You’ve been building a community of like-minded folks who are paying attention to you. And now the launch of your new product is in sight. This is when you will start to activate your audience, who will become your first customers and help spread the word.
When launch is in sight (seriously, don’t do this too early otherwise it can backfire) start to talk more about the problems you’re having. Start to drop hints that you’re working on something to solve these problems. This will start to build anticipation and prepare people for the eventual launch.
Approximately 30 days before you launch, start to talk much more concretely about the fact that you are launching something “this month”. How much you share about your specific product at this stage will be up to you and your comfort level.
Make your audience feel special. Tell your email newsletter subscribers that you’ll be launching an early special offer just for them. Tell your broader audience that you’ll be doing that and encourage them to subscribe.
Put together a special offer. It doesn’t need to be complex, probably the simpler the better. It can be simply early access to the product, a discount, or an additional add-on or feature that only they have early access to.
Launch the offer to your email subscribers. New people will hear about your special offer and subscribe, so give new subscribers the special offer as well. Since you’ll be focused on launching, it would be best if you can automate this by including it in a subscription confirmation email.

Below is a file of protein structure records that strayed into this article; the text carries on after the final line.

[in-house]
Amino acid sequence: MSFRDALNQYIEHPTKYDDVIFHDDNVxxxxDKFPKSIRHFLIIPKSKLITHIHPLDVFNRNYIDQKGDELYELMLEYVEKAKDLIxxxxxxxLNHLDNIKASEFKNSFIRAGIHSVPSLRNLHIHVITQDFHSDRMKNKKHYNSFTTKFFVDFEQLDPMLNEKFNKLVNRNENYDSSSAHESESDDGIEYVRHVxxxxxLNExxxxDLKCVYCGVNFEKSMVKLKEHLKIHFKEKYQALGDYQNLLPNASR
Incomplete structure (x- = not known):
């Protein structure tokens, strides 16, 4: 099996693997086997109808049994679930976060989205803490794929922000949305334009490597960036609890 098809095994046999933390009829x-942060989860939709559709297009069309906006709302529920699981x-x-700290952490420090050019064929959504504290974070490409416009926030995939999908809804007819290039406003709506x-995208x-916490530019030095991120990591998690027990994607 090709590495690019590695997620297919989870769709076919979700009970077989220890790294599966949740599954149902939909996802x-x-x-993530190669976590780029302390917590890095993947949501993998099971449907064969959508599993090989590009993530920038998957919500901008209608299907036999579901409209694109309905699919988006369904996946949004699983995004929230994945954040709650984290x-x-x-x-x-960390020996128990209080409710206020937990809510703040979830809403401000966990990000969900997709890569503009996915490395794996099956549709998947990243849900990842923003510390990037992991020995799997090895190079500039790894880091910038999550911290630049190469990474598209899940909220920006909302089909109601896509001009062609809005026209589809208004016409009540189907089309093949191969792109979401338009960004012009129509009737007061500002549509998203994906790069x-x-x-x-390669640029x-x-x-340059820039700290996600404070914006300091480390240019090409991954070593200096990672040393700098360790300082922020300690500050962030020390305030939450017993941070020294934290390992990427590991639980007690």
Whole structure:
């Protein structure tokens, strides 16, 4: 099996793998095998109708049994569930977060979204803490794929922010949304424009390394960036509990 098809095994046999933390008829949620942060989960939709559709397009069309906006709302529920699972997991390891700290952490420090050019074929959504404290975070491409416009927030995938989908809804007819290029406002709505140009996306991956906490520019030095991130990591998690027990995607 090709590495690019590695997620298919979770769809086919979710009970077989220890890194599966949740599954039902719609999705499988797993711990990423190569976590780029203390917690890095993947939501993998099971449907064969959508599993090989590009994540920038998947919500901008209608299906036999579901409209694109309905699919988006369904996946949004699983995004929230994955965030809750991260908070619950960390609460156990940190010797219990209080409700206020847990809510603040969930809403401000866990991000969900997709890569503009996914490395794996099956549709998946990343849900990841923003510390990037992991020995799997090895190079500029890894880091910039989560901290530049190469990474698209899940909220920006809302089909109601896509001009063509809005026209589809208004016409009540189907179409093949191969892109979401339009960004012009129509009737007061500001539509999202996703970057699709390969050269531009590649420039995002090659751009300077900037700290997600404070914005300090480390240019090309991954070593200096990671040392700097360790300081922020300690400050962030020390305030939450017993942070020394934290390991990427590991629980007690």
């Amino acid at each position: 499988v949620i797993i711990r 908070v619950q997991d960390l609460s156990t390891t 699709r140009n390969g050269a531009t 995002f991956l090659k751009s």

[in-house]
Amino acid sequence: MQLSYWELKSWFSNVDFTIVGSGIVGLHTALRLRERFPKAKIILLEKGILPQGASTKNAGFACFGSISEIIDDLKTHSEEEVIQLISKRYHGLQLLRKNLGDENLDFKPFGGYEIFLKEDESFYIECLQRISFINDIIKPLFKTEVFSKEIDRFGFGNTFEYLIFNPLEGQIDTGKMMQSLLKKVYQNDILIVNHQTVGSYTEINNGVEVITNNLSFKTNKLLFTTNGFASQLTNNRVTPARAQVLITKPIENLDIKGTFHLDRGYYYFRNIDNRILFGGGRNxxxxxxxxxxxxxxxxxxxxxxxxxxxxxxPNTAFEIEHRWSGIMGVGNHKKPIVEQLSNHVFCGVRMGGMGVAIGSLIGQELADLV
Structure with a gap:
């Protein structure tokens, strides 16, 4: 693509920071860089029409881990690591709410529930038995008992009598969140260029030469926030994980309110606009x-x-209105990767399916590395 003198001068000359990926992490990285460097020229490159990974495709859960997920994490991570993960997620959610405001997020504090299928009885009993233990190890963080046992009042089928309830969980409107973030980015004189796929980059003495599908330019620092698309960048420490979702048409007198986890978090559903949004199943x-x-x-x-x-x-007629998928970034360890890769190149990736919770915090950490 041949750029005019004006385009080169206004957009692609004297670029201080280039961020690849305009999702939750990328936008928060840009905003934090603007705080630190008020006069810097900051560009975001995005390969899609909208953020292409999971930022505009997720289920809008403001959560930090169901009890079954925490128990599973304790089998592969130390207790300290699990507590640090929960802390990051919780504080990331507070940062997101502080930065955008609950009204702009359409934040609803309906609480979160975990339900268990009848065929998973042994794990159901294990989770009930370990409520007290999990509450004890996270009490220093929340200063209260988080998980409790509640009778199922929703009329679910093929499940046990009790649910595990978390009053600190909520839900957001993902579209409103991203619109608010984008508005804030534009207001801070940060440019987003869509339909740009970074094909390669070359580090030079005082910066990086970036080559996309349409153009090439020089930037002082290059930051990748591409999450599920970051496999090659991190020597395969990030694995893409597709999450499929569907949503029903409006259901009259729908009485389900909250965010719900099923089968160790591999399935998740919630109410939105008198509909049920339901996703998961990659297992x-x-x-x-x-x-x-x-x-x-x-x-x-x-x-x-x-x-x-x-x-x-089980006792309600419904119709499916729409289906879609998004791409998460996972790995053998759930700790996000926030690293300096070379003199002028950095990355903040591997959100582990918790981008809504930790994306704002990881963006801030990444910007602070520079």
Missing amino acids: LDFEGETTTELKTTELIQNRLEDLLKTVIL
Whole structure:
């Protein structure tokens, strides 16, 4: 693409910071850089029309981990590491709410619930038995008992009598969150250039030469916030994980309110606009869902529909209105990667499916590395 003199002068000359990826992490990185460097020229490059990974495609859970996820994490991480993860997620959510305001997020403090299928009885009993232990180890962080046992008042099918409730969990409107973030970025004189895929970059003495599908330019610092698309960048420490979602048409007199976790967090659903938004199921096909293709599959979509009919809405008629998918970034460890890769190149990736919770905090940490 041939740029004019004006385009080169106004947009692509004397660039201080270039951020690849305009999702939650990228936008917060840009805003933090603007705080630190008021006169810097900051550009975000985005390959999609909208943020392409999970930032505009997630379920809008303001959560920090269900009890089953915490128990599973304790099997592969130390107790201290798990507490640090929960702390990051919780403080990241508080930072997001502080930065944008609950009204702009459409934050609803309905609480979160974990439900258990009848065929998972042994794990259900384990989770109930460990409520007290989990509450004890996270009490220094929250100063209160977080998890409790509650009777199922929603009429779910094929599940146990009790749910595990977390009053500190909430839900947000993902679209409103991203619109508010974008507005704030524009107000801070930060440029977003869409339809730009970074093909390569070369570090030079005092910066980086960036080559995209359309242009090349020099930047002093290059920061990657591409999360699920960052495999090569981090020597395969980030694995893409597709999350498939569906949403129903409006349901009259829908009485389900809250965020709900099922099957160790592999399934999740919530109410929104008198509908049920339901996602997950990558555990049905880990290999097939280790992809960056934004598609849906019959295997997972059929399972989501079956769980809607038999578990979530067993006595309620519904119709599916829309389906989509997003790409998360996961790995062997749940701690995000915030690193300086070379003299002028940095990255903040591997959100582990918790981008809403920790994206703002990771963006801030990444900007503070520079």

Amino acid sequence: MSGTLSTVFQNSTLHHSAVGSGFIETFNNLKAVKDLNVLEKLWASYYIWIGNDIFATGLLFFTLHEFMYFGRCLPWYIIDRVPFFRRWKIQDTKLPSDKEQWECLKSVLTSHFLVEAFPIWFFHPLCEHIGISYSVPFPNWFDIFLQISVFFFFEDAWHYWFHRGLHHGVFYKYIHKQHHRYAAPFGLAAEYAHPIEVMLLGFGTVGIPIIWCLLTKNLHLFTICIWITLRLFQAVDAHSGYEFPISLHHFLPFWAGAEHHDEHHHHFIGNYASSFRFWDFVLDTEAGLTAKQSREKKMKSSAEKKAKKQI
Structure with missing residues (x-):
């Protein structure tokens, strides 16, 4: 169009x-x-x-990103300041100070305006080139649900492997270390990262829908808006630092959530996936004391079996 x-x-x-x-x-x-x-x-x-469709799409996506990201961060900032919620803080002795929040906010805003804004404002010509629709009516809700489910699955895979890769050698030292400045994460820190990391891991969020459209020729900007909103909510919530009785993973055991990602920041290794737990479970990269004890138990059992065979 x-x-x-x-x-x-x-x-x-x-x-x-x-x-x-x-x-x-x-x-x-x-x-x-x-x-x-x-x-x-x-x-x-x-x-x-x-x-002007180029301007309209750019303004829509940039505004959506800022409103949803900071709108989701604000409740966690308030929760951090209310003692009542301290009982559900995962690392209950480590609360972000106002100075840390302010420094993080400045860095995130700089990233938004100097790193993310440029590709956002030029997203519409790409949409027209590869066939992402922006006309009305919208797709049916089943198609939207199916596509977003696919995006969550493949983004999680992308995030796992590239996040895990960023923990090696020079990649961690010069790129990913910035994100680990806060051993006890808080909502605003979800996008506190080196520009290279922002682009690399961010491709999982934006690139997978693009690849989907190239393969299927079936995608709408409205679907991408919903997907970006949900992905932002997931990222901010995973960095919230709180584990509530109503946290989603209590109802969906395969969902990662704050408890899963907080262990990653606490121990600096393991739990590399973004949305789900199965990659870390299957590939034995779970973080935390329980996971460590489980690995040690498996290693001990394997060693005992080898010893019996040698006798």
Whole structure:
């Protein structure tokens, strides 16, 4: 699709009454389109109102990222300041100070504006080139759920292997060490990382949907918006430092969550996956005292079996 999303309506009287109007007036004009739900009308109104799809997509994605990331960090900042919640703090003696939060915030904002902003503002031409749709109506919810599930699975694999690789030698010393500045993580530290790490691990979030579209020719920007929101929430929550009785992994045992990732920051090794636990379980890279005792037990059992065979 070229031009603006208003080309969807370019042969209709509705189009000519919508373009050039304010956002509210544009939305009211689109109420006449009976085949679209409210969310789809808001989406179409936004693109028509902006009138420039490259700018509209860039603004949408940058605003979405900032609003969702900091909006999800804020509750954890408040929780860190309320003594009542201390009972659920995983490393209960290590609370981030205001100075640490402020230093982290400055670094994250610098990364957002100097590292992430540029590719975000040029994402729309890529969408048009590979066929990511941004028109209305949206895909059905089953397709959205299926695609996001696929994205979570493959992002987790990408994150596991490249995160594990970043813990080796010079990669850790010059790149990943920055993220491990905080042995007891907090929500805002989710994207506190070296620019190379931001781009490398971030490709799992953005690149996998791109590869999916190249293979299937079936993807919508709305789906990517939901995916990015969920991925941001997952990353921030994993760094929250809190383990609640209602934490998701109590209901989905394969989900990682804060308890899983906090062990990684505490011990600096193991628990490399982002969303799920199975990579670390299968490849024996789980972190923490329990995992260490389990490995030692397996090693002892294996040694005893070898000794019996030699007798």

Launch your product publicly. Push news of your launch through to all of the channels you’ve built.
Now is also the time to use those personal connections you’ve built with industry experts and thought leaders. If you’ve built genuine connections with them and not asked them for something before, they should be happy to share the news of your new product.
Through all of this communication, strike a reasonable balance between selling and authentically producing. However, most people underestimate how directly you can sell at this stage.
For a period of two weeks after your initial launch, continue to talk about the special offer and encourage people to buy. Publish a series of blog posts and email updates that describe features of your product, how you solved a particular problem, and other interesting bits of information.
About two weeks after the initial launch, put together a retrospective about how your launch went, and some things you’ve learned now that your product is in the hands of real customers.
For example, take a look at Michael Fogleman’s Product Launch Recap for his product Primitive for macOS.
Finally, (although you will never be truly finished) about 30 days after your initial launch, roll out at least one notable improvement or feature. This will reinforce the value and longevity of the product, as well as produce a natural excuse for you to talk about it again. Be sure to tell as many people, through all of your channels about it as possible.
I’ve outlined a roadmap for successfully leveraging your existing audience to reduce the risk in bringing your new product to market. Your audience will become your first customers and help you spread the word, but don’t forget why they are paying attention in the first place. Stay authentic to your own voice, and be respectful of their time and attention. You should also continue to provide your normal valuable content in addition to the direct product sales pitch over the course of executing on this roadmap.
If you do all of that, you’ll have a successful product launch and be well on your way to creating a new successful business.